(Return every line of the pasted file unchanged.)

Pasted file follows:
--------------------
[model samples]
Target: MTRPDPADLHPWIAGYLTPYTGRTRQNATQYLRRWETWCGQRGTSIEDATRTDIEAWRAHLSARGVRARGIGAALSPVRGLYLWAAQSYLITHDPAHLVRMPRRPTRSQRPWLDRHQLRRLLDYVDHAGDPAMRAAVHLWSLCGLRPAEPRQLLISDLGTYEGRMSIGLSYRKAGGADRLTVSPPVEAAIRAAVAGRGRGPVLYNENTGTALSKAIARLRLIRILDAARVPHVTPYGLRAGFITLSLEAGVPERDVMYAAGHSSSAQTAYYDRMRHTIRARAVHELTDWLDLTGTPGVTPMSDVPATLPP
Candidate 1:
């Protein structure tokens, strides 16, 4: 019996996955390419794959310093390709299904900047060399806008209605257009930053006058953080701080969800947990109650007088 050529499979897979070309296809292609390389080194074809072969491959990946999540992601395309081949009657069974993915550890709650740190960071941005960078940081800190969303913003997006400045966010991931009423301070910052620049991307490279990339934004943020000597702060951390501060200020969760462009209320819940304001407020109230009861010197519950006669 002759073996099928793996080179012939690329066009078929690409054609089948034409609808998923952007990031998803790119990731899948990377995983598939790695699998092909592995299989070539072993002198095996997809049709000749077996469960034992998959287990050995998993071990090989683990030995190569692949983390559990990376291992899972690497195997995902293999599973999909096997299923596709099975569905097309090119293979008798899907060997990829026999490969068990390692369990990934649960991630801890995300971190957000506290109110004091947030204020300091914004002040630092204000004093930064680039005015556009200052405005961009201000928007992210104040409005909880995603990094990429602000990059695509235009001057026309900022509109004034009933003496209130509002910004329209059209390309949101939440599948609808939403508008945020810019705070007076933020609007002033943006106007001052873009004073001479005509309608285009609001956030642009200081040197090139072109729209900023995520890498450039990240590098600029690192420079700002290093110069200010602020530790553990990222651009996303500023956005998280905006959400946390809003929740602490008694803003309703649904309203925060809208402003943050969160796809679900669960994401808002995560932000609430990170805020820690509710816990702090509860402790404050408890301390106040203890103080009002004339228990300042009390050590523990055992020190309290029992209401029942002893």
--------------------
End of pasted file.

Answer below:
[model samples]
Target: MTRPDPADLHPWIAGYLTPYTGRTRQNATQYLRRWETWCGQRGTSIEDATRTDIEAWRAHLSARGVRARGIGAALSPVRGLYLWAAQSYLITHDPAHLVRMPRRPTRSQRPWLDRHQLRRLLDYVDHAGDPAMRAAVHLWSLCGLRPAEPRQLLISDLGTYEGRMSIGLSYRKAGGADRLTVSPPVEAAIRAAVAGRGRGPVLYNENTGTALSKAIARLRLIRILDAARVPHVTPYGLRAGFITLSLEAGVPERDVMYAAGHSSSAQTAYYDRMRHTIRARAVHELTDWLDLTGTPGVTPMSDVPATLPP
Candidate 1:
């Protein structure tokens, strides 16, 4: 019996996955390419794959310093390709299904900047060399806008209605257009930053006058953080701080969800947990109650007088 050529499979897979070309296809292609390389080194074809072969491959990946999540992601395309081949009657069974993915550890709650740190960071941005960078940081800190969303913003997006400045966010991931009423301070910052620049991307490279990339934004943020000597702060951390501060200020969760462009209320819940304001407020109230009861010197519950006669 002759073996099928793996080179012939690329066009078929690409054609089948034409609808998923952007990031998803790119990731899948990377995983598939790695699998092909592995299989070539072993002198095996997809049709000749077996469960034992998959287990050995998993071990090989683990030995190569692949983390559990990376291992899972690497195997995902293999599973999909096997299923596709099975569905097309090119293979008798899907060997990829026999490969068990390692369990990934649960991630801890995300971190957000506290109110004091947030204020300091914004002040630092204000004093930064680039005015556009200052405005961009201000928007992210104040409005909880995603990094990429602000990059695509235009001057026309900022509109004034009933003496209130509002910004329209059209390309949101939440599948609808939403508008945020810019705070007076933020609007002033943006106007001052873009004073001479005509309608285009609001956030642009200081040197090139072109729209900023995520890498450039990240590098600029690192420079700002290093110069200010602020530790553990990222651009996303500023956005998280905006959400946390809003929740602490008694803003309703649904309203925060809208402003943050969160796809679900669960994401808002995560932000609430990170805020820690509710816990702090509860402790404050408890301390106040203890103080009002004339228990300042009390050590523990055992020190309290029992209401029942002893």